Note, that the number of models fairly exceed those of distributions, tests and performance measures. Since the same test or performance measure as well as the same distribution is applicable for many model realisations and data sets at the same time, their respective total number is lower. Table 14 shows algorithms, processes and functions, which we cluster in three categories, namely, stochastic processes, signal analysis as well as other diverse functions. In terms of stochastic processes, we see the DGP as means to describe potential real data set mechanisms, random walks, BMs and ACs. Signal analysis represents different types of FTs, WTs and functions.

Table 14 Top 15 algorithms, processes and functions presented in terms of content-tags, short descriptions and sample-paper references

Table 15 shows framework calculation methods. Most of these belong into the domains of artificial intelligence (AI), into signal analysis or are split into other methods. The majority of AI concepts contain ANNs (or NNs) and backward propagation of variance, while MRA is part of signal analysis, respectively. Others (e.g., superior predictive ability, filtered historical simulation method and mixed data sampling) are frameworks for simulations or performance measures.

Table 15 Other types of mathematical methods presented in terms of content-tags with count (#) > 1, short descriptions and sample-paper references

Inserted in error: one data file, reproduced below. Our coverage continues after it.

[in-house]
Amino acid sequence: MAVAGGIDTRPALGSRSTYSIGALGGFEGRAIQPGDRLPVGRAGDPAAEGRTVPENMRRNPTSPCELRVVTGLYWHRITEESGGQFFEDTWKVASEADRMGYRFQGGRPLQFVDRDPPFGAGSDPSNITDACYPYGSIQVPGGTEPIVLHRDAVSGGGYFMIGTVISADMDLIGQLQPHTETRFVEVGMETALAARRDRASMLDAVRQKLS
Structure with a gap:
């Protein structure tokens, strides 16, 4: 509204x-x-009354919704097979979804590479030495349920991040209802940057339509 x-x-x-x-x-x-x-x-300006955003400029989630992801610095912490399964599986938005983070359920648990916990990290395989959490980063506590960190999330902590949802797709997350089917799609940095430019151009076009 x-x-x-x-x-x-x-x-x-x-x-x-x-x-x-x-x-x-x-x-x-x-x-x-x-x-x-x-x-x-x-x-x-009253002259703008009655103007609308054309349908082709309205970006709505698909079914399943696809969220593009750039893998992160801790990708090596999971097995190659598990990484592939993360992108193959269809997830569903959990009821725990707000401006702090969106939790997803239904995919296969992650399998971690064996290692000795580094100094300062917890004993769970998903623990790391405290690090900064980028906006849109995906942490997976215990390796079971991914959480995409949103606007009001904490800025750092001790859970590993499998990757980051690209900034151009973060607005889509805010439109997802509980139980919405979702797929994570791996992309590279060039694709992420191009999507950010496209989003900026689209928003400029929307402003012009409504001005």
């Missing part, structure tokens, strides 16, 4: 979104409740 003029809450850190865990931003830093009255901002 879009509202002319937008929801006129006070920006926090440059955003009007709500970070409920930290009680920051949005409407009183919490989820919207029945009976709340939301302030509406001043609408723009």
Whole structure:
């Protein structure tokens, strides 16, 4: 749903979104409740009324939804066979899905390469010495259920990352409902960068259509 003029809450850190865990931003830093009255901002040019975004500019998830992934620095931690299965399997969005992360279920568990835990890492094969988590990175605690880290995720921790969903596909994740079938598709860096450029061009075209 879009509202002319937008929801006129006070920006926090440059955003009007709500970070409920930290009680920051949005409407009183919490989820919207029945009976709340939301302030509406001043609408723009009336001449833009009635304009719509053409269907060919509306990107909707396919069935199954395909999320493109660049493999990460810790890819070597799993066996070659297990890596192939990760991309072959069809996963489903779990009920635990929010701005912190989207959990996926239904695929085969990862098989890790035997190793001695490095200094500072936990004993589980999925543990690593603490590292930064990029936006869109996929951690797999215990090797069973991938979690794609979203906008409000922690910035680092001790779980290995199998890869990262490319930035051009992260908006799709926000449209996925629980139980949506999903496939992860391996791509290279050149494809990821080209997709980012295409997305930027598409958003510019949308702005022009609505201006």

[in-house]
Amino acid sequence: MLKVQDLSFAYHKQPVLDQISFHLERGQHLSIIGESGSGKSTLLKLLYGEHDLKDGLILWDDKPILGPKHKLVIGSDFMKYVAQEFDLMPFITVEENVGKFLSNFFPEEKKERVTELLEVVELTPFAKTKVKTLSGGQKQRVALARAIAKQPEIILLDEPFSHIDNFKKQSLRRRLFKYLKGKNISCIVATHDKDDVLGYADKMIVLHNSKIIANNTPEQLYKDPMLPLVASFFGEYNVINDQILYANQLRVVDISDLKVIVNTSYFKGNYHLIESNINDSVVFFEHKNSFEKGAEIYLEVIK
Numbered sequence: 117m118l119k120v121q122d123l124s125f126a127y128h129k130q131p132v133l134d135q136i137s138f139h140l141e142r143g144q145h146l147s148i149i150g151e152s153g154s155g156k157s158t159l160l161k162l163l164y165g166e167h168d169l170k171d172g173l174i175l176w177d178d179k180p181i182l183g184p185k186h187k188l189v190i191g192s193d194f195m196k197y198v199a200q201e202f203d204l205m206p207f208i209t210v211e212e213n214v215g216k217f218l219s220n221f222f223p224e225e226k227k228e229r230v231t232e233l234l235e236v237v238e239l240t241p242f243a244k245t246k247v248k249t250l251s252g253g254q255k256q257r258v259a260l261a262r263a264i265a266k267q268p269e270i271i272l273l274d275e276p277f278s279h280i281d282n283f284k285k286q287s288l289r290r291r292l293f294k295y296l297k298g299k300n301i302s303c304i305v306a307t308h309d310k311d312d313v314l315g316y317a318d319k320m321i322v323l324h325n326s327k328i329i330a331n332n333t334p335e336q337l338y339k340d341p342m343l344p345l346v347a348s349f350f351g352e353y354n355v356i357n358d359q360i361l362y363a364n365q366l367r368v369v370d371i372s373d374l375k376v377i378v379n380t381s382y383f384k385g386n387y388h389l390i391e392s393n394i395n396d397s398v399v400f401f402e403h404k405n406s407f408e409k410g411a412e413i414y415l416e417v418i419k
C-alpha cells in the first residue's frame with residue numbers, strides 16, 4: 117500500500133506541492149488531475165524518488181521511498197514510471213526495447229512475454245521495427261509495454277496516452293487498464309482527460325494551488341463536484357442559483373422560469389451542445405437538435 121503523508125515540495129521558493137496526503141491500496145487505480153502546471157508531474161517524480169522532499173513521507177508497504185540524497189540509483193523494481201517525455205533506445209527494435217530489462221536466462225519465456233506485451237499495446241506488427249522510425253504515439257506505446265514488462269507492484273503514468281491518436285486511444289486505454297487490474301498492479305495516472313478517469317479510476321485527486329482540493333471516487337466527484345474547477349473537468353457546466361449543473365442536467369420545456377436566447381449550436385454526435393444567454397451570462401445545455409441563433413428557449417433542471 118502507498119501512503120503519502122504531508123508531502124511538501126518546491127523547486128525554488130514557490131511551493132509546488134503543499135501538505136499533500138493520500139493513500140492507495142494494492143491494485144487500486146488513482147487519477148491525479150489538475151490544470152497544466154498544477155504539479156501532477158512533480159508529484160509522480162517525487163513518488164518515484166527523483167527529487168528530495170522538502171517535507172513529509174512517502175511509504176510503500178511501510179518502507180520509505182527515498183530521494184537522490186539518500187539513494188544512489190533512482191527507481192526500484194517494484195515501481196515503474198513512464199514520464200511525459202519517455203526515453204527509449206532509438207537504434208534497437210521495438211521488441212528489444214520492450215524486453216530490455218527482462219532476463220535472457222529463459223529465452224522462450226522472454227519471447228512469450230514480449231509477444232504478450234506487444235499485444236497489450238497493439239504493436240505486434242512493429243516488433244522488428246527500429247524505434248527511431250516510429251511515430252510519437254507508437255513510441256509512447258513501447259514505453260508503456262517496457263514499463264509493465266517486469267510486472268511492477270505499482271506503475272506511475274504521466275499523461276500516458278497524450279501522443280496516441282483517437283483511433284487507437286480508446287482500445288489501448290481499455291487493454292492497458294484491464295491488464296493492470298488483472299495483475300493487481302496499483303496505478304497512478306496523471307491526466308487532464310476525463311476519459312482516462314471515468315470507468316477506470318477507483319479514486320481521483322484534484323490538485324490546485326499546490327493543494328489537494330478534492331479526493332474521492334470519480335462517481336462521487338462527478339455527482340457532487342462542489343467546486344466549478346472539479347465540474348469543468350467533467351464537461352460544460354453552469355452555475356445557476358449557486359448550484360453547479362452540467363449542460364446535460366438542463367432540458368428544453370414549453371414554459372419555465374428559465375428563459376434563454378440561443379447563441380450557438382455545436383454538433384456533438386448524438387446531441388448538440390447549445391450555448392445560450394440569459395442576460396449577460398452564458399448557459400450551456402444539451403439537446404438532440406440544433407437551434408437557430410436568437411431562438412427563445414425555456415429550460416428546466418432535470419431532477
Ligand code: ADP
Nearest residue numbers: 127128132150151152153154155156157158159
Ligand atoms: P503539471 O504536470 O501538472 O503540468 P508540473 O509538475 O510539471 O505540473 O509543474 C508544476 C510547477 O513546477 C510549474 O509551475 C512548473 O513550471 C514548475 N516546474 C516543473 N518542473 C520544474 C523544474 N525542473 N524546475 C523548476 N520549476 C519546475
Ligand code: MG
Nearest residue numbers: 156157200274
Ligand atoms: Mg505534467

Interconnections between models and blind spots of research

We investigate interconnections of the category “Models”, while visualising interconnections by a heat map as displayed in Fig. 1. To gain deeper insights from 387 unique models, we firstly analyse them and form root- and junction model groups. Each group can be interpreted as particular model family, while a junction stems from its root.Footnote 6 This means, a junction model is the offspring of a root model. Thus, we label the latter proposition as model evolution. Additionally, we take stylised facts and properties into account, which the authors reference or seem important enough to explicitly model into their mathematical conceptions. Table 16 shows 13 root families, 14 junction families and four properties. For each root family, existing junctions are presented. The first root-junction tree displays AR models. HAR and VAR models are based upon AR models, which means that HAR and VAR are the junctions of the root AR. The next root are MA models, which in this case cross with the AR root to create combined junctions, namely ARMA, ARFIMA and ARIMA models. The same logic applies for CC and GARCH model roots and their respective junctions.Footnote 7 In addition, some roots as well as junctions may have been created to express specific properties or stylised facts accordingly. The properties, which are partly inherited in roots and junctions, are fractal characteristics, smooth transitions, regime switches and threshold functionalities. We deduce whether or not a selected single model belongs to one or more respective model families. If the model is part of several model families, we mark it accordingly. Further, we count the models, which belong to one model family only.

Fig. 1
figure 1